PROVO, UT - AUGUST 30: A Fan of BYU cheers during a game against Washington State during the first half of an college football game on August 30, 2012 at LaVell Edwards Stadium in Provo, Utah. BYU beat Washington State 30-6. (Photo by George Frey/Getty Images)
An interesting paradox began to form in the wake of BYU's win over Washington State. On the one hand, some took to Twitter singing the praises of their Beloved Blue Cougs and were chastised for getting ahead of themselves. After all, "it's just one game against an inferior team." On the other hand, those who tweeted concerns about BYU were scolded as being "ungrateful for the win." As the axiom goes: "You can't win for losing!"
Permit me to attempt to reconcile this.
BYU has won its last seven season openers, six of which were against BCS opponents (the exception was Northern Iowa). When you are a non-BCS school you aren't expected to beat a BCS school. When you do it in the first game of the season, it's easy to see why fans start thinking this may finally be the season BYU returns to glory. These are the fans who are chastised for "getting ahead of themselves."
Fast forward 2-3 weeks in any of these seven seasons and you'll find a BYU team that is no longer undefeated, and all hopes of BCS glory have died. The chinks in BYU's armor have been exposed. Fans chastise themselves for allowing themselves to get their hopes up. Next season these fans have made the transition from the first group to the second, and are trying to help others avoid the mistake of getting their hopes up too soon.
Both groups have legitimate reasons for their reactions, but is it possible to have a foot in both camps? Yes. In fact, the team provided us fans with an example of the ideal mindset.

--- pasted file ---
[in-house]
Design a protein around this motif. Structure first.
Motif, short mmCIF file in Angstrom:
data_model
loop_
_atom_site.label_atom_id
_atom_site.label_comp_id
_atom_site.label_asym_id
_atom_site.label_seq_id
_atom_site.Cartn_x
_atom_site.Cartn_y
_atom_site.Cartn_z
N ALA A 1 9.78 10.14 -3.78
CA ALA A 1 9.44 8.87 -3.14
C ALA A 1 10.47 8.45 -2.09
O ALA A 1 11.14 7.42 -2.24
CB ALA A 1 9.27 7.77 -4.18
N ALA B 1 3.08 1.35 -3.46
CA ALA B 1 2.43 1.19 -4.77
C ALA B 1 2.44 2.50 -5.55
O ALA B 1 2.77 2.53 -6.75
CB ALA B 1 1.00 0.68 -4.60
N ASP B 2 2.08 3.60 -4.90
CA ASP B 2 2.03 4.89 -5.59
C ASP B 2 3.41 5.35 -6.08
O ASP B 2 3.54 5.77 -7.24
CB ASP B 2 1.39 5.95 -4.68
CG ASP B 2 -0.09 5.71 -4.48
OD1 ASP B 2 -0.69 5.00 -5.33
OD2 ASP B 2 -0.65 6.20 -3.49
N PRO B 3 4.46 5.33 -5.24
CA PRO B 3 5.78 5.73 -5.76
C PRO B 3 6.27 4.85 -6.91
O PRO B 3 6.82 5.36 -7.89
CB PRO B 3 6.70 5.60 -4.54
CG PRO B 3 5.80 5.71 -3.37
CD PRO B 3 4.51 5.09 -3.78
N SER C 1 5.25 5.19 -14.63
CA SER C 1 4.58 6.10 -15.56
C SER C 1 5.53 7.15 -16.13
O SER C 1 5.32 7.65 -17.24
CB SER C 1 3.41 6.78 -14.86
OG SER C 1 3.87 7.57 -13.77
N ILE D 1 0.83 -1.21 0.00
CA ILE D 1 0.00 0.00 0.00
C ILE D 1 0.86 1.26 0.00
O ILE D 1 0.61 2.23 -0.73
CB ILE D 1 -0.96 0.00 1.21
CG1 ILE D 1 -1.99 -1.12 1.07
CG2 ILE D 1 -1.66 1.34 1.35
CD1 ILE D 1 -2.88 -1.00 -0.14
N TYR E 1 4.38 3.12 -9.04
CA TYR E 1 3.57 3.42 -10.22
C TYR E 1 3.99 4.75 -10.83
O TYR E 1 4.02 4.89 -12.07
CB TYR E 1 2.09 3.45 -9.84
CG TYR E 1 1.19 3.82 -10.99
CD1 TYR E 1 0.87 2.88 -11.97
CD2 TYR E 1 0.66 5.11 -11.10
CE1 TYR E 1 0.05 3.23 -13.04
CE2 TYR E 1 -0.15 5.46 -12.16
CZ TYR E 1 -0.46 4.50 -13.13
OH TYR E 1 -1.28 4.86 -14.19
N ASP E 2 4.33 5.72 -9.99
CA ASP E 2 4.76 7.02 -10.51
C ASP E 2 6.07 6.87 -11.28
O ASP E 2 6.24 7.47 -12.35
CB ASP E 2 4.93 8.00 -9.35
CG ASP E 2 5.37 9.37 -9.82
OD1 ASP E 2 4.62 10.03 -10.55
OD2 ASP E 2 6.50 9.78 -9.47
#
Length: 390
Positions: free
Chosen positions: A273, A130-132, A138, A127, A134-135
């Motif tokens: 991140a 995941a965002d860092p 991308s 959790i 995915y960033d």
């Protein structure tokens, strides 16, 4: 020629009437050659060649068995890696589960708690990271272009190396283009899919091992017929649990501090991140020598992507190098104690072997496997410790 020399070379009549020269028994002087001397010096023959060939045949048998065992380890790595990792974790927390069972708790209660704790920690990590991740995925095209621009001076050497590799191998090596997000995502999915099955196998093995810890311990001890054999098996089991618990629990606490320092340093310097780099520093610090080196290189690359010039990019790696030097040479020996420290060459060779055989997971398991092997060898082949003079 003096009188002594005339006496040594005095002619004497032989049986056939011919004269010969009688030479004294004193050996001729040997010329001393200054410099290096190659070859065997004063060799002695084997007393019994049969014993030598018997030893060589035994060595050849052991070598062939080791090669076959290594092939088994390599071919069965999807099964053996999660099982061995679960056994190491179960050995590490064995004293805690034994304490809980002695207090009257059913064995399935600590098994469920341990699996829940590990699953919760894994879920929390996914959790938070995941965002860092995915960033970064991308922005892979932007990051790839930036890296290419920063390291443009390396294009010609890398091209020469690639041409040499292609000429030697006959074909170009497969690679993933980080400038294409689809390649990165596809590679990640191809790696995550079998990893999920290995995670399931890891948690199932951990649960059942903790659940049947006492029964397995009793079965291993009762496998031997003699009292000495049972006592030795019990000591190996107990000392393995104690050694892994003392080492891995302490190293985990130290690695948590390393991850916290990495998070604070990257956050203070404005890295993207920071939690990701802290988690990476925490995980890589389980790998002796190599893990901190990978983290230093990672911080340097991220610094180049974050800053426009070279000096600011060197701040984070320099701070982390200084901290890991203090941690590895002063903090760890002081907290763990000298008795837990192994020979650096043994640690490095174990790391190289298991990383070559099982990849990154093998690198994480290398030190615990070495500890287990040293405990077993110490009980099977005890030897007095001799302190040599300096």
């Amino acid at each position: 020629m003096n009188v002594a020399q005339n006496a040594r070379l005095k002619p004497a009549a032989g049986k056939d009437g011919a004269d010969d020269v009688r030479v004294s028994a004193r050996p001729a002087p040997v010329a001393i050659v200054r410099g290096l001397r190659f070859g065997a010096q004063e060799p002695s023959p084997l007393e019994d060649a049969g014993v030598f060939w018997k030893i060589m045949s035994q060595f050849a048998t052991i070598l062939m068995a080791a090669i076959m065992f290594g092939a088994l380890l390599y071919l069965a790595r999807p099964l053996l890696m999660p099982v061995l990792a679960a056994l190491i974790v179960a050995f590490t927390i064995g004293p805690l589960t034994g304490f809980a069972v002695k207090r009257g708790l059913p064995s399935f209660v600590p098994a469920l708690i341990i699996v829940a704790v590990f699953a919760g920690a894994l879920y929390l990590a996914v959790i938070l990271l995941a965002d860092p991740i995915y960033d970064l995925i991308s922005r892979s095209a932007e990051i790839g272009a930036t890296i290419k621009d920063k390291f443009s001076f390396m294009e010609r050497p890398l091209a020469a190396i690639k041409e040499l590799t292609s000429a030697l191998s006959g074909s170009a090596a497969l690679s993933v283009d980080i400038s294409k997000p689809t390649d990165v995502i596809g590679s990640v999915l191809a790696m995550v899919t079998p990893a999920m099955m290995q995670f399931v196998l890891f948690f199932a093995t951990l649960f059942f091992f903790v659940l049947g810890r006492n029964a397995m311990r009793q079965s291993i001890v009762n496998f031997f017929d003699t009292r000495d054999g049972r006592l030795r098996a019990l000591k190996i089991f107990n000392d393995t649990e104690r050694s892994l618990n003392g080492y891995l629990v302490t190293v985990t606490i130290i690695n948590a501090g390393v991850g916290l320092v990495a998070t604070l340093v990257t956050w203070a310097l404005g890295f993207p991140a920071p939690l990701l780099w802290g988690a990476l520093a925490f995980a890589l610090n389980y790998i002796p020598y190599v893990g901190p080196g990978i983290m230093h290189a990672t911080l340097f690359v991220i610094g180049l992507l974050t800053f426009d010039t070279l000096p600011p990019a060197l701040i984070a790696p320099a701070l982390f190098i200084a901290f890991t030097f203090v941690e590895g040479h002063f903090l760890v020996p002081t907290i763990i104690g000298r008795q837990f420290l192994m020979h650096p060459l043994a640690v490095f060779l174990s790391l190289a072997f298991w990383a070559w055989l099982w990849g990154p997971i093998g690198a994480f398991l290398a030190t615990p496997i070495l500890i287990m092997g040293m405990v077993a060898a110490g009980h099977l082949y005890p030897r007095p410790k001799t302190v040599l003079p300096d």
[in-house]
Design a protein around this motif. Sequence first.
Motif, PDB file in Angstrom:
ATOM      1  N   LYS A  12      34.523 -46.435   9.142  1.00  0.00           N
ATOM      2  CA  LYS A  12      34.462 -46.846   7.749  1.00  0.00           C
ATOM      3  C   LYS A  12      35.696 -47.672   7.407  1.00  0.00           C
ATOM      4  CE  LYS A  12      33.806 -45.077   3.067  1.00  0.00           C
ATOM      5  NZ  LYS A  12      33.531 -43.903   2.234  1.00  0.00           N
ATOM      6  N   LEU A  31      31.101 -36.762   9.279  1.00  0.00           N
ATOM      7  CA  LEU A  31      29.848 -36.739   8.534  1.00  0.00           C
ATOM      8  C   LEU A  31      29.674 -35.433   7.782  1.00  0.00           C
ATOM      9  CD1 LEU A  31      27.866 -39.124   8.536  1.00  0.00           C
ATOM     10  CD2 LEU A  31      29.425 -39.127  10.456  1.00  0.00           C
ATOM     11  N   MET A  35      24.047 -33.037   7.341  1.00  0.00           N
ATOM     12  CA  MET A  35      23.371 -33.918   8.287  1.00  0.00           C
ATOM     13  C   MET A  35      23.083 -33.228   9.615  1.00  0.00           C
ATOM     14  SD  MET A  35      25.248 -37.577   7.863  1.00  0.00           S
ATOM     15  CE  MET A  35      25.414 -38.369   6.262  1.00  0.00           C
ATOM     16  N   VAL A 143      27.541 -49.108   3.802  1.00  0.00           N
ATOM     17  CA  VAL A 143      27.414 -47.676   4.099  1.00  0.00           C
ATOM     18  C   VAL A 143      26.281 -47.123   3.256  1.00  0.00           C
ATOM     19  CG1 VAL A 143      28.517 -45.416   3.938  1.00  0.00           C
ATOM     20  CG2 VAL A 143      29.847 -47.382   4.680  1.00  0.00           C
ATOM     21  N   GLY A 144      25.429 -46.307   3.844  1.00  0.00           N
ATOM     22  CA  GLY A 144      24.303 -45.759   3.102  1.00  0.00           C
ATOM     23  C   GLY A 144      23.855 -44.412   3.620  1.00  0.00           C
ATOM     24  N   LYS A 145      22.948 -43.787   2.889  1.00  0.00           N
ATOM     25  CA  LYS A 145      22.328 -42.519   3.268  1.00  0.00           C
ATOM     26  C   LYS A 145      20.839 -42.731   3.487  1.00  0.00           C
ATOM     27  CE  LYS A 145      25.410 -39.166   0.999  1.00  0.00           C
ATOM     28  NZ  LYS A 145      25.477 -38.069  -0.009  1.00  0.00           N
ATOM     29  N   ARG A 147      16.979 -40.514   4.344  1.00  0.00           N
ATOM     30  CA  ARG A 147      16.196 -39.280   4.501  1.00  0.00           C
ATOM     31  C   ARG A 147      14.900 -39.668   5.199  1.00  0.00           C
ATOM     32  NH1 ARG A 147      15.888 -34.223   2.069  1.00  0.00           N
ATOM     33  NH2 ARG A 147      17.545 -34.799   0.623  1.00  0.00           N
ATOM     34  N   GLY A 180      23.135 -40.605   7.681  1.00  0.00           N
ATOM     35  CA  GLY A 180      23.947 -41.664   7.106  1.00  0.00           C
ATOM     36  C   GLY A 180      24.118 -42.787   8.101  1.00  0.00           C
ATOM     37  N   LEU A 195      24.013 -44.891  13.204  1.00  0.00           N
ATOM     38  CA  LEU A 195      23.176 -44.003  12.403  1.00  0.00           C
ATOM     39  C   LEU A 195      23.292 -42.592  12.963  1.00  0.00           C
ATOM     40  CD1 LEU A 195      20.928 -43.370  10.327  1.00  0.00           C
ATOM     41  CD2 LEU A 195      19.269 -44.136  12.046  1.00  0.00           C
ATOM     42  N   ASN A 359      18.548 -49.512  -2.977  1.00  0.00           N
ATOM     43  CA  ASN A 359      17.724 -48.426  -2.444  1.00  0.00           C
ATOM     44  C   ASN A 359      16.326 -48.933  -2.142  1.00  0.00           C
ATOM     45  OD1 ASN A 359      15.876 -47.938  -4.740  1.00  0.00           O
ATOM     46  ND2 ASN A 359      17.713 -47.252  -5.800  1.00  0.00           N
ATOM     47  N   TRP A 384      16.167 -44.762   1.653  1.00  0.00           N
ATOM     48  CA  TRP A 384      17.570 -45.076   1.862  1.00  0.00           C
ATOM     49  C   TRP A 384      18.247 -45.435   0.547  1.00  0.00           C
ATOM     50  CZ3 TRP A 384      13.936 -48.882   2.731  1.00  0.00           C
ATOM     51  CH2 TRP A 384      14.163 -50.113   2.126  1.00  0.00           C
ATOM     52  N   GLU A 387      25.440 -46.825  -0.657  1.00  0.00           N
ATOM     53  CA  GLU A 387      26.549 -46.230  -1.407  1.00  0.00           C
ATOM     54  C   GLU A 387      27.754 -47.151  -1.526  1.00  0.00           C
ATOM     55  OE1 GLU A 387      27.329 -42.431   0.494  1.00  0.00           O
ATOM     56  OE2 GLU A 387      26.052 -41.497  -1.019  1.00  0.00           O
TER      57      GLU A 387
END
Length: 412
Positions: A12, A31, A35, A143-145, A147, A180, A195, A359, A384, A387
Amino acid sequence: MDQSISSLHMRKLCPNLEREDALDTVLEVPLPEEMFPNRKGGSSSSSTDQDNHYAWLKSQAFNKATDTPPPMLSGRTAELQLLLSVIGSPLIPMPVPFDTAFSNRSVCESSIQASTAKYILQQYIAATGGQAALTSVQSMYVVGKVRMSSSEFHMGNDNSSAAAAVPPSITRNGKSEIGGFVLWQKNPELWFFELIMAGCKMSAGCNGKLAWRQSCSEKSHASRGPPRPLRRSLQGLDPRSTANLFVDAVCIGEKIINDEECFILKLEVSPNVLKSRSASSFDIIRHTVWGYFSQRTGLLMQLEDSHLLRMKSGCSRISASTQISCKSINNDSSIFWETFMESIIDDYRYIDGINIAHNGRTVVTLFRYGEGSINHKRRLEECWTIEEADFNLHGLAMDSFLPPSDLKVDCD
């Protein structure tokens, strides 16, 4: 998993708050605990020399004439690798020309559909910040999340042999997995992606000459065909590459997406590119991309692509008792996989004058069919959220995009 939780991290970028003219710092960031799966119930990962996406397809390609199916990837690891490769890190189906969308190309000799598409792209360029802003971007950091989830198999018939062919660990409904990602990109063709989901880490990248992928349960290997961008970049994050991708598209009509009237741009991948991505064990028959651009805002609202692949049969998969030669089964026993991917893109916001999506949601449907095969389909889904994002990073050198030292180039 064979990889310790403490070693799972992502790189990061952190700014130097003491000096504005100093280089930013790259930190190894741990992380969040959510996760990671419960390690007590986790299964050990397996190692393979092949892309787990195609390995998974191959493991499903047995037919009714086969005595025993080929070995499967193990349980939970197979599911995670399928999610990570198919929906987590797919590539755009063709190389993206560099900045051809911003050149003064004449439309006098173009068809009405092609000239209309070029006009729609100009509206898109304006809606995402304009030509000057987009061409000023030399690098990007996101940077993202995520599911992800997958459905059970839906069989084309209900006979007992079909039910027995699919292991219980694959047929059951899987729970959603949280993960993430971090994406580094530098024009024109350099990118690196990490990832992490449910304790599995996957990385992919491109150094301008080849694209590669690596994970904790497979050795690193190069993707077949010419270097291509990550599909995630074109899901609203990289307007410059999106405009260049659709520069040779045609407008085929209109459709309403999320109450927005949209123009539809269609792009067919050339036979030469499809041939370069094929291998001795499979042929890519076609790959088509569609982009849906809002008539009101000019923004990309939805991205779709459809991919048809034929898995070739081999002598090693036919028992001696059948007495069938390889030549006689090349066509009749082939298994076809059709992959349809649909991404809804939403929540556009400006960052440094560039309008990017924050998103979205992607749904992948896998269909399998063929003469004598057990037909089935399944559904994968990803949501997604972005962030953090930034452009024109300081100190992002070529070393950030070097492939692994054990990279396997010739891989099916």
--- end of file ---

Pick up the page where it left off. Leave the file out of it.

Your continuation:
As Bronco entered the locker room to congratulate his team on the win, they all responded that they can be better. They were grateful for a win but they weren't satisfied with what the scoreboard was telling them: they knew they had much more upon which to improve. The question is: do they really believe that, or did they merely tell Bronco what he wanted to hear? Over the next couple of weeks, we'll see how much the team actually believes it. It will be evident in their practices and their game-to-game improvement.
Here's my list of things I'd like to see them address. What's yours?
1. STEP ON THE GAS EARLY AND DON'T EVER LET UP. BYU played a great first half of offensive football, then it fell flat in the 2nd half. Yes, they were without Hoffman, but they still had plenty of remaining weapons and should've been able to get in the end zone. Teams like Utah, Boise State, Notre Dame, and Georgia Tech won't roll over after one or two lackluster quarters.
2. WHERE'S THE PASS RUSH? WSU's quarterback had ALL DAY to throw. Heck, he would get three players on him and he still managed to escape and throw the ball. BYU has to get to the QB quicker or it's going to be a long, sad season.
3. BYU'S "BEND BUT DON'T BREAK"...IS BROKEN. This defensive philosophy is based on the assumption that eventually the opponent will make a mistake, so give up the short pass and wait for the mistake. This philosophy, it turns out, is a mistake. This worked when BYU was playing teams like New Mexico, but high-caliber teams don't make mistakes, that's how they became high-caliber teams. We need better coverage in the secondary, and we've got to stop allowing teams to make sure gains in the hopes that they'll screw up -- they won't. We need to cover every receiver tighter than a BYU co-ed covers the singles' ward Elders Quorum President.
For BYU to fix these issues will require wholehearted commitment to improvement and hard work to see it through. They've already told their coach they can do it -- time will tell whether they believe it.